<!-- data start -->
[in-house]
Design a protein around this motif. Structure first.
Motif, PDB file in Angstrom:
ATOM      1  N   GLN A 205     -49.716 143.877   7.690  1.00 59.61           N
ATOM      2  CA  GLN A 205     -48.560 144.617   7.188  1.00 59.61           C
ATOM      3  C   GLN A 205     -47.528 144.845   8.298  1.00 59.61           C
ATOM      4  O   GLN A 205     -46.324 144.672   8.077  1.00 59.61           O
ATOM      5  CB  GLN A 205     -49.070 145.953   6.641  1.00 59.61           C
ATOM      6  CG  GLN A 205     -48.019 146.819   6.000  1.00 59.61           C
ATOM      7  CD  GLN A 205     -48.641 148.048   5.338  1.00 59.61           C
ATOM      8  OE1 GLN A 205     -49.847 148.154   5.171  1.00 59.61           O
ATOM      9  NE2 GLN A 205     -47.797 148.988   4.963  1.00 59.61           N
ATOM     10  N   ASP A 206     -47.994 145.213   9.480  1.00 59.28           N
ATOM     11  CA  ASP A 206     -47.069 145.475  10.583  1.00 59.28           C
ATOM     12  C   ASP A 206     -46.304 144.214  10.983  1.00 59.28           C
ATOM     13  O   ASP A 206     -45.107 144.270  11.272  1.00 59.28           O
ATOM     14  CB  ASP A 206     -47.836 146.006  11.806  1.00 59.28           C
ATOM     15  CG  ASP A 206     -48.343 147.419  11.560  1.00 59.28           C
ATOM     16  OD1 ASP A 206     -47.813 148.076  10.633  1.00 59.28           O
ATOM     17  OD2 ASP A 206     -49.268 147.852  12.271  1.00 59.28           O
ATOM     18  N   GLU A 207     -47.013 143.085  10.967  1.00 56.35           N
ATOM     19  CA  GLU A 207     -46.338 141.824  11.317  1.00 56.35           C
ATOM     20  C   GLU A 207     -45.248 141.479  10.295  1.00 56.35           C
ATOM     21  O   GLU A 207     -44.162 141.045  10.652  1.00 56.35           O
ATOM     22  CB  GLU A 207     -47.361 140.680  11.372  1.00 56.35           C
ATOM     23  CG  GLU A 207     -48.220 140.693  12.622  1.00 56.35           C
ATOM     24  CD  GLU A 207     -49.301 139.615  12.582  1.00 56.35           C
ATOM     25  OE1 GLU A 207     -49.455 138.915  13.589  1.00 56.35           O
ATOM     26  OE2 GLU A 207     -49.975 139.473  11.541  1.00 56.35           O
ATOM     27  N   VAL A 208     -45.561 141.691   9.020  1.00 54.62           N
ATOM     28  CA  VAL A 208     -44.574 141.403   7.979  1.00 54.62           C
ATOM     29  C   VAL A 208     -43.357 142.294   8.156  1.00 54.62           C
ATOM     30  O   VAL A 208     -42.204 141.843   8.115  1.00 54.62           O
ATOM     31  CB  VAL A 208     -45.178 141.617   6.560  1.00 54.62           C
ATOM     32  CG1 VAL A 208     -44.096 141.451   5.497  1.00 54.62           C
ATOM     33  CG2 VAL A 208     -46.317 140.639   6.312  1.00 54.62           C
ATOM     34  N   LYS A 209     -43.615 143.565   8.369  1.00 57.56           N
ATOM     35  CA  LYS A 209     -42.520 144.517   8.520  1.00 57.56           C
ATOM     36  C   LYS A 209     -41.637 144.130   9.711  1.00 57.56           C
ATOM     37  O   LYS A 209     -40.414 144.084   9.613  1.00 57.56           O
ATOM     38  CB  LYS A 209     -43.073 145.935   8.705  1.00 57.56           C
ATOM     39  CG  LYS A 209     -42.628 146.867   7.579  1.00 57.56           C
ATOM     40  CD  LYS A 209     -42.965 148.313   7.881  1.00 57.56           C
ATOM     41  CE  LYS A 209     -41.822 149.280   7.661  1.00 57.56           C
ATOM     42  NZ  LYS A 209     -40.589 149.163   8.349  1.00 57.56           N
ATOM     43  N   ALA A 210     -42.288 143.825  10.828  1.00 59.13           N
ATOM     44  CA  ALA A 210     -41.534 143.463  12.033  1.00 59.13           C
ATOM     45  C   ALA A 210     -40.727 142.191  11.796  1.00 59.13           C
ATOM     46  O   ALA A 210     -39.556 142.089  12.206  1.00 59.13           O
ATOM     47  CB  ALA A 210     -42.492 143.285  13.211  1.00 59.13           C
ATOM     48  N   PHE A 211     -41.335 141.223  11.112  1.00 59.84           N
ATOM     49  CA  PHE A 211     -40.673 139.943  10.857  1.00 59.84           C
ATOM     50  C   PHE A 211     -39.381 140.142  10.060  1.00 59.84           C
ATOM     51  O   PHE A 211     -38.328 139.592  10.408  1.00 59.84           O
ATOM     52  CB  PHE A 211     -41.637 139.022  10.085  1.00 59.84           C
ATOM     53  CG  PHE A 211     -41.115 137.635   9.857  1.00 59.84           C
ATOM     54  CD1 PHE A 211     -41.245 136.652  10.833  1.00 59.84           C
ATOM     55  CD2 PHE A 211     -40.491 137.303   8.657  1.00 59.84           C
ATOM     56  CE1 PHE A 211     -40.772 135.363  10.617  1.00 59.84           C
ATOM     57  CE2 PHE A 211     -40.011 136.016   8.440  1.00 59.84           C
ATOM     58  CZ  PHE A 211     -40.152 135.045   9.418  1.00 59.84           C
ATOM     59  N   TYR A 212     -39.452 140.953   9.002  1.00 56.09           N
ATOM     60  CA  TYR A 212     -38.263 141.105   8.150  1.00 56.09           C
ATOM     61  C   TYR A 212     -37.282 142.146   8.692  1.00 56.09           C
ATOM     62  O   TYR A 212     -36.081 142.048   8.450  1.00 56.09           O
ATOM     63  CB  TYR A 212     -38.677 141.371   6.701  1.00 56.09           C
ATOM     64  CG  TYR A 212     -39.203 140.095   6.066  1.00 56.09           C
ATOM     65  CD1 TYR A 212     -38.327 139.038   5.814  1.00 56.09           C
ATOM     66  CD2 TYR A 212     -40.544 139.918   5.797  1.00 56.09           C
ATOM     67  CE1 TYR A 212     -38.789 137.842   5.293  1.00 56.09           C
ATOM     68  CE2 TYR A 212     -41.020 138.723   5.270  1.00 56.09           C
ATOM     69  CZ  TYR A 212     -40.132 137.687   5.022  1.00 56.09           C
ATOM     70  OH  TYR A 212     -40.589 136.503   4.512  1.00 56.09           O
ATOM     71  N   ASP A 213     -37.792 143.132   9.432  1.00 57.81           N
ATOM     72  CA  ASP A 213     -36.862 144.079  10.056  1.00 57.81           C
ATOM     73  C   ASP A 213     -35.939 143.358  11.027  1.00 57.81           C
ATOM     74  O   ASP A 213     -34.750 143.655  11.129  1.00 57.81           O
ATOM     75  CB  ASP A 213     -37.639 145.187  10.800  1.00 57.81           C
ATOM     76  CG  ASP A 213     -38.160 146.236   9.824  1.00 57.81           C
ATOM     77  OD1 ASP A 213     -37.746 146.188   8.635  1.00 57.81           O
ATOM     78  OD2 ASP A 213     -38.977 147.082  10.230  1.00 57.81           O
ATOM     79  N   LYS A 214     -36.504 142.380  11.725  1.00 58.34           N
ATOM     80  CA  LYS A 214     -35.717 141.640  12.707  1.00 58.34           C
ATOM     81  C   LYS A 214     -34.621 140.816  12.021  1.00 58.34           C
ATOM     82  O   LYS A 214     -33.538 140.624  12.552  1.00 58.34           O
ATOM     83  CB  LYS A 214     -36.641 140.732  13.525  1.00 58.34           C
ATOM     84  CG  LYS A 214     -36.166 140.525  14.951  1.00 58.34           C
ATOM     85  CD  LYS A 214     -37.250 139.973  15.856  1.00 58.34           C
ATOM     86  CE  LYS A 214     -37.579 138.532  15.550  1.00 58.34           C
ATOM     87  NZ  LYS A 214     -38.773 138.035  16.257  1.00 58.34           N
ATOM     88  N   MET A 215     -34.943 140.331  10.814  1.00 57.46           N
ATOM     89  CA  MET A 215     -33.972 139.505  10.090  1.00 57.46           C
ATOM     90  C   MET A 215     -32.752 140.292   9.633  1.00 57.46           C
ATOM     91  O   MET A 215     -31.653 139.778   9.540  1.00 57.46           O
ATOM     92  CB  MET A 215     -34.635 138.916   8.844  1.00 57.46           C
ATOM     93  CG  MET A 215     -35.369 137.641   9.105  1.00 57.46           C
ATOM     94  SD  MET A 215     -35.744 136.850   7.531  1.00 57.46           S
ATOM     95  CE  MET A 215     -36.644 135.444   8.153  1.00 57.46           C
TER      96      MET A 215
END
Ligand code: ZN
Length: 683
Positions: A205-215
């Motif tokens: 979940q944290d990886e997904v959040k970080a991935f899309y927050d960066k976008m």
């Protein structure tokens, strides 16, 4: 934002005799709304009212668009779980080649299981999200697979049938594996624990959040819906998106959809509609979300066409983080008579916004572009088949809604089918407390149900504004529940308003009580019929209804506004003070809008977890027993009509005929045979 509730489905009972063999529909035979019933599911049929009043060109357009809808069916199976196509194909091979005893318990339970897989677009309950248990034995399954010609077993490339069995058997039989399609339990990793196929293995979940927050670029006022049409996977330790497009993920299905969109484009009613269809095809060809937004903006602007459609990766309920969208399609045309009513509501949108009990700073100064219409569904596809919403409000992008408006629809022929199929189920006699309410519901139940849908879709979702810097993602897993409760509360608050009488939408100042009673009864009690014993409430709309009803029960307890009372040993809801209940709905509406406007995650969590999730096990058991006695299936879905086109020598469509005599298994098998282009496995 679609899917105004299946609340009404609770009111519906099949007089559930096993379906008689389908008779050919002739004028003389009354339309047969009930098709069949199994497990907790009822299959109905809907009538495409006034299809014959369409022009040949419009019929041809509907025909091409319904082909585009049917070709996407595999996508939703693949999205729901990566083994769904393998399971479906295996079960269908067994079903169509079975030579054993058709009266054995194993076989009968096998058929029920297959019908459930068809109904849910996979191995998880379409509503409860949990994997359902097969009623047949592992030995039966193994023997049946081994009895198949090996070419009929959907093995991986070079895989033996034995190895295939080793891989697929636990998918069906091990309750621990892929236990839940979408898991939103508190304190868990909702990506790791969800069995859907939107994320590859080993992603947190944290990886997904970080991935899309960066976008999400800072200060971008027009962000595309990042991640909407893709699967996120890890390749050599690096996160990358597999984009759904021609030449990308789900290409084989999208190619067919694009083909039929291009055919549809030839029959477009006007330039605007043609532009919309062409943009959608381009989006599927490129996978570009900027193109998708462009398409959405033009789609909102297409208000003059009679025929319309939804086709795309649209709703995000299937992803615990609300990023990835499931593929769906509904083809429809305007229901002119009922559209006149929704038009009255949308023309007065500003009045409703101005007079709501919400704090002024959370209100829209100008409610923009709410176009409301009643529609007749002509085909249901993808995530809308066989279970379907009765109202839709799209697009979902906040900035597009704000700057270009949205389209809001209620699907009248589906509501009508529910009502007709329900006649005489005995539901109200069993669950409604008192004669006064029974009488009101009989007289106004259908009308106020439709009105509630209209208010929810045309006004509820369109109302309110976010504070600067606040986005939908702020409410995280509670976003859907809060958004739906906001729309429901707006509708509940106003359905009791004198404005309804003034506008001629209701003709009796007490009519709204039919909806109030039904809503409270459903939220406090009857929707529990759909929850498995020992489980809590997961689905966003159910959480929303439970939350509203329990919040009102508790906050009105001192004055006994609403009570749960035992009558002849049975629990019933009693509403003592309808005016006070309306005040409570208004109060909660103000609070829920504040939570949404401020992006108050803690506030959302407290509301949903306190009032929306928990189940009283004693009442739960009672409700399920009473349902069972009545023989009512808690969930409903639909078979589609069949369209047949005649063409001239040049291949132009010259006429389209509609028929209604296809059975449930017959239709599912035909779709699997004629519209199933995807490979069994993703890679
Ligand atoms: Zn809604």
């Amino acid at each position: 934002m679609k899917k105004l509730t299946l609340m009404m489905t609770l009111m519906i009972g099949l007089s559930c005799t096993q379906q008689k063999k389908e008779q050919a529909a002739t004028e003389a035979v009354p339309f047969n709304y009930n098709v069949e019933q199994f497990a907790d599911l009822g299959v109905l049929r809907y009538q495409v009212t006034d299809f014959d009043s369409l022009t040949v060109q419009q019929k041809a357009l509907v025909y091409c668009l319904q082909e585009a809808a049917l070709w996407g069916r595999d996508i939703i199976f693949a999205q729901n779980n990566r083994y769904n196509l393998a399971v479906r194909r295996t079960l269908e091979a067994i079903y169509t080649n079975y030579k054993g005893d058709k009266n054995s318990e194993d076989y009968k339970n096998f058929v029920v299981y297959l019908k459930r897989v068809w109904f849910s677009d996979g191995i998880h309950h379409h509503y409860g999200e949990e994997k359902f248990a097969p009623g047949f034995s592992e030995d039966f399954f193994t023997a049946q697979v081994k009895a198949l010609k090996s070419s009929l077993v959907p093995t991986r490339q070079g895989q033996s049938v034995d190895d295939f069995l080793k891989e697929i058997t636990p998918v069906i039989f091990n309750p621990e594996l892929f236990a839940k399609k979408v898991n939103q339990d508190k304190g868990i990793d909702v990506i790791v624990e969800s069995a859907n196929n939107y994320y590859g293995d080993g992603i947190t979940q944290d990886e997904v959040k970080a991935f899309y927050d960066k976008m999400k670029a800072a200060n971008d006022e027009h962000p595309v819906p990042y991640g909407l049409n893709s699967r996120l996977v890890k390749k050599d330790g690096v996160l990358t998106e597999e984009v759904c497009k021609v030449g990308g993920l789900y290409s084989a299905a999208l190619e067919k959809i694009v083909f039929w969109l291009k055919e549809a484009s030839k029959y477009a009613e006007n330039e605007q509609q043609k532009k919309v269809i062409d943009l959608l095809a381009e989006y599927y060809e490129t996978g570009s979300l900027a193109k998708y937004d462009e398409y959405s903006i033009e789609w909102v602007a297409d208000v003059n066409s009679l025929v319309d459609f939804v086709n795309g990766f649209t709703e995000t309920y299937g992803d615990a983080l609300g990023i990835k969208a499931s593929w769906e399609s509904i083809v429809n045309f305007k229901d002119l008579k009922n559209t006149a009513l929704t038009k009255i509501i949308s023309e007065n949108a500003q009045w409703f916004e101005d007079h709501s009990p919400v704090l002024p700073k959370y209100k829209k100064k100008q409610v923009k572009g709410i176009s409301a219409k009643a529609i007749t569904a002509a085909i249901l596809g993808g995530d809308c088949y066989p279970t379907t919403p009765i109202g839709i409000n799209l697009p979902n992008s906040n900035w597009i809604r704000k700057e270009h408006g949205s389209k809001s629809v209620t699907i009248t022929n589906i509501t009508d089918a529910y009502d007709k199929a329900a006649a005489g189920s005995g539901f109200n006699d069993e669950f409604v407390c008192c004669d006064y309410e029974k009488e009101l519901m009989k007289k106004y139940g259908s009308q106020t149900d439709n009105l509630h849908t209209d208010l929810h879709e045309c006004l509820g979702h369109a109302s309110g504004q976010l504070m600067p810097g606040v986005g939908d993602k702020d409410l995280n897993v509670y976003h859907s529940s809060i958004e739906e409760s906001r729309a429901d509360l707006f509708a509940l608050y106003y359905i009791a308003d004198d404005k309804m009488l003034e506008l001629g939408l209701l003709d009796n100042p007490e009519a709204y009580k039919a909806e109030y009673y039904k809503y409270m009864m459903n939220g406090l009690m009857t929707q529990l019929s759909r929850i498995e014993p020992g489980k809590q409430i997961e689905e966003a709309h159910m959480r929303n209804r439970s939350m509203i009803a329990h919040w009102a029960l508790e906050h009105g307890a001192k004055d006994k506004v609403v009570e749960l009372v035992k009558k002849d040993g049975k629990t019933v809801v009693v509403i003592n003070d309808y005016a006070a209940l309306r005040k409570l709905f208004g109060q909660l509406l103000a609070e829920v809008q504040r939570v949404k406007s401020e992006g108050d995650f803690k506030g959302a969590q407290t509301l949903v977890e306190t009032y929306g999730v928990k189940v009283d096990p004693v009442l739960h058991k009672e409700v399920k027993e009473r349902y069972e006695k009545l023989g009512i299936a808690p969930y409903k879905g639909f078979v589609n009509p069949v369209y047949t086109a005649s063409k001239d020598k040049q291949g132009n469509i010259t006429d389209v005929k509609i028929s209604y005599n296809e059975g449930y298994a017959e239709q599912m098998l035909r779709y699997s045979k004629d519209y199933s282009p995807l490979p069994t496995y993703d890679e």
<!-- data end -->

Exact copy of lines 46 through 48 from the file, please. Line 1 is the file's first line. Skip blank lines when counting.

ATOM     43  N   ALA A 210     -42.288 143.825  10.828  1.00 59.13           N
ATOM     44  CA  ALA A 210     -41.534 143.463  12.033  1.00 59.13           C
ATOM     45  C   ALA A 210     -40.727 142.191  11.796  1.00 59.13           C